Sen. Glazer Calls On Regulators, Legislators To Improve Safety, Reliability Of Electrical Grid And Cell Towers

Says PGE should pay for Contra Costa fire damage due to electrical line failures

Friday, November 01, 2019

State Sen. Steven Glazer (D-Contra Costa) called Friday for state regulators and the Legislature to consider far-reaching reforms aimed at strengthening California’s electrical grid against wildfires, keeping the power on during high-wind events, and ensuring that mobile phone service remains available during disasters. 

“The status quo is not acceptable,” Glazer said. “Ten-year plans are not sufficient. We need to move now to modernize our infrastructure and our laws so we can keep the power on and keep our communities safe.”

“Our residents demand and have a right to expect reliable electrical service. This is the 21st Century. We cannot and will not accept excuses from the utilities or long timelines from the regulators whose job it is to police them.”

Preliminary investigations have suggested that several of the fires in Contra Costa County over the past week were caused by PG&E’s lines or equipment, despite much of the county being subjected to power outages. 

“There must be a full investigation of these fires, and if PG&E is found to be at fault, full compensation to all whose property was damaged,” Glazer said.

The Legislature in the past two years has passed laws requiring utilities to invest more in hardening their systems to prevent damage from extreme weather and creating a utility-financed fund to compensate victims of wildfires caused by downed power lines. 

But Glazer urged the Public Utilities Commission and a special committee of the state Senate to investigate more far-reaching options. Among those ideas he said should be on the table:

--Expediting deferred maintenance on utility power lines, poles and towers and speeding the removal of trees that can damage those lines in high winds. The fires and the shutdowns are both caused by outdated equipment and poor maintenance. Fixing this must be the top priority.

--Exploring new ownership – including a public option – of PG&E and consider breaking the utility into smaller, more manageable pieces.

--Improving oversight of utility decisions to pre-emptively shut off power based on a weather forecast. We must require the utilities to be transparent about their decisions and we must insist that regulators ensure those decisions are based on sound science and judgments.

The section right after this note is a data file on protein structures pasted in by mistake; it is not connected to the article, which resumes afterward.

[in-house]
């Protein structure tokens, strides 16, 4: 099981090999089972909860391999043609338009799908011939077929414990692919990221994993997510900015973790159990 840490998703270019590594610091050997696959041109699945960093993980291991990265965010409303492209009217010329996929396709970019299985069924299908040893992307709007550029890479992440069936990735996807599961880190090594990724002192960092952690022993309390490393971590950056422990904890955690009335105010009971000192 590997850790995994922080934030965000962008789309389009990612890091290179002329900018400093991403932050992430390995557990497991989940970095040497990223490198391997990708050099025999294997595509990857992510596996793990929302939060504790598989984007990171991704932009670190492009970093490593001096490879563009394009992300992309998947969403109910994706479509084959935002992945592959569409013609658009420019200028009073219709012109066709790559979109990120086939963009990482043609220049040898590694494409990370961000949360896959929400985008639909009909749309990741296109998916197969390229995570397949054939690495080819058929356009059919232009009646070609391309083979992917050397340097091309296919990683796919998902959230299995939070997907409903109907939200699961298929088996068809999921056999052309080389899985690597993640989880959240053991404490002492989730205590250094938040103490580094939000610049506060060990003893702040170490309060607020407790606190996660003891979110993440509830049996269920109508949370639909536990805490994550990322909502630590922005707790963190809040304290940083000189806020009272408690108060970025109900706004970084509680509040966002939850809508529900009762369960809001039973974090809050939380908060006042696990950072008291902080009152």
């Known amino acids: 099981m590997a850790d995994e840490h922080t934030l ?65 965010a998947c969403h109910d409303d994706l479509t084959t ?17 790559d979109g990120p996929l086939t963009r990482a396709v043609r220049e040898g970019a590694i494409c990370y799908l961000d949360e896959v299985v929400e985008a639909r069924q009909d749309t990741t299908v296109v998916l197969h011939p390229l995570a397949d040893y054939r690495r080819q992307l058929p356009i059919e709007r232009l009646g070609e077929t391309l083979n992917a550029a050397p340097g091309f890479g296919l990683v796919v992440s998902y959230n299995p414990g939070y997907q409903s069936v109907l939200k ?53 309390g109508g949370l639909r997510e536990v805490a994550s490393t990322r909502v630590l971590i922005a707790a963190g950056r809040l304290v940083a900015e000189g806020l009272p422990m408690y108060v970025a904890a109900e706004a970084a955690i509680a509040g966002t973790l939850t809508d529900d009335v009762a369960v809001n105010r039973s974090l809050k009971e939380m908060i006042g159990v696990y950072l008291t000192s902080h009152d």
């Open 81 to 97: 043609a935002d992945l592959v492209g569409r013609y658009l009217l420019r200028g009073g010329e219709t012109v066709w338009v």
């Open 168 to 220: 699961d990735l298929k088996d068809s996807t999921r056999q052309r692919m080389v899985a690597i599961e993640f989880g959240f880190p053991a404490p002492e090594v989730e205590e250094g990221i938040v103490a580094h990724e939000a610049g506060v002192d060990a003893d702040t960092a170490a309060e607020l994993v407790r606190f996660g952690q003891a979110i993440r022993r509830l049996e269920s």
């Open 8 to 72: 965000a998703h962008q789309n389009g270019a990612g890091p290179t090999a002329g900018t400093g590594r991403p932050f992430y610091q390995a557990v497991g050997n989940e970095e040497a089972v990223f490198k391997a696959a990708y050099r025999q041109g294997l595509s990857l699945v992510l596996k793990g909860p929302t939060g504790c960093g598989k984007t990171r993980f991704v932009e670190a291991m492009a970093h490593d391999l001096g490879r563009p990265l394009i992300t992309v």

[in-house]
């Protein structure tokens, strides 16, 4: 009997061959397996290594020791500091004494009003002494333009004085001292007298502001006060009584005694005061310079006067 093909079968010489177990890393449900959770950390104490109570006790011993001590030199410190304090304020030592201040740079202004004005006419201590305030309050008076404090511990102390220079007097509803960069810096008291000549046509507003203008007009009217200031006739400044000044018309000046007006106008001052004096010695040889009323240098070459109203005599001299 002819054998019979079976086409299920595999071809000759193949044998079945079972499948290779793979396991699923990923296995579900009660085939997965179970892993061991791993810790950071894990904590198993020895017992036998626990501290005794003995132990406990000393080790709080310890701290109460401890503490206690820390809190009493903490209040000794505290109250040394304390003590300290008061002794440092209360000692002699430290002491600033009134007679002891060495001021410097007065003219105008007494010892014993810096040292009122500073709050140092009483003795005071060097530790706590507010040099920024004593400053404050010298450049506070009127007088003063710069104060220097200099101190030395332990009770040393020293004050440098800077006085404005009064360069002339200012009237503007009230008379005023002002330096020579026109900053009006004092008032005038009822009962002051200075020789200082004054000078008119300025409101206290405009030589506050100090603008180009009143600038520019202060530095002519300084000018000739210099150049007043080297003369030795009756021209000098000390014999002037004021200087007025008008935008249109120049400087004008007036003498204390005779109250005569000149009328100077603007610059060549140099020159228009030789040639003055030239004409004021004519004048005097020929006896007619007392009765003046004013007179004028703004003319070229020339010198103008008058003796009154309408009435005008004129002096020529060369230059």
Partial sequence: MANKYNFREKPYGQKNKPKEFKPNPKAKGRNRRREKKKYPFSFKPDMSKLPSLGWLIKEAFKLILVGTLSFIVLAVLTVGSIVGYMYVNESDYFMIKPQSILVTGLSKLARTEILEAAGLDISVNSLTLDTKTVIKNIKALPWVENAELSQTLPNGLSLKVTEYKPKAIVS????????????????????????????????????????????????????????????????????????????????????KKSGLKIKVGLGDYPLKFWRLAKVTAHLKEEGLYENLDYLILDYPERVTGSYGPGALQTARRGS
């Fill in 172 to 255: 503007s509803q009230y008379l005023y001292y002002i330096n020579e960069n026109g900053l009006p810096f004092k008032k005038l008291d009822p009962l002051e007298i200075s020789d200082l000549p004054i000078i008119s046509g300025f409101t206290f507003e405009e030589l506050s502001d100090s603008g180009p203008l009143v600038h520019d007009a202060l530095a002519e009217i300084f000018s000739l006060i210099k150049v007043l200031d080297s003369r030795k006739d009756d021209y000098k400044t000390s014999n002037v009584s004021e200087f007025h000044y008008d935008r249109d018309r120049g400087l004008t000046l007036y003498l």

--Requiring utilities to compensate individuals and businesses harmed by preemptive power outages.  There must be greater financial incentives for the utilities to keep the power on when it is safe to do so. PG&E recently announced a voluntary plan to give rebates to customers who lost power, but the Legislature should consider a law making this state policy.

--Requiring PG&E to modernize its electrical system so that necessary shutdowns can be targeted with more precision. SDG&E in Southern California has already done this. PG&E should be able to do the same.

--Making the electrical system more resilient by encouraging the development of distributed electrical generation and “micro-grids” – at the individual and community level. This could include subsidies or other incentives for people with solar generation to also have batteries and the necessary equipment that will allow them to store their power, use it during utility outages, and share it with a nearby network of electricity users.

--Investigating the performance of cell phone networks during power outages. With more and more Californians living without landlines, cell phones have become a crucial link in our ability to learn about and respond to emergencies. These networks must be built to work in a disaster.

The Senate Energy, Utilities, and Communications Committee will convene a special oversight hearing on Nov. 18 to investigate the utilities’ current system for public safety power shutdowns and to review options for improving that system.

“This is a necessary step,” Glazer said. “But the power outages are only a symptom of far deeper problems. Even if we make the outages less painful, they will likely continue until we modernize the grid and give residents, businesses and communities more tools to generate, store and manage their own electricity.

“We need to do two things quickly and at the same time: fix the utilities while also making us less dependent on their too cumbersome, century-old model in this modern world.”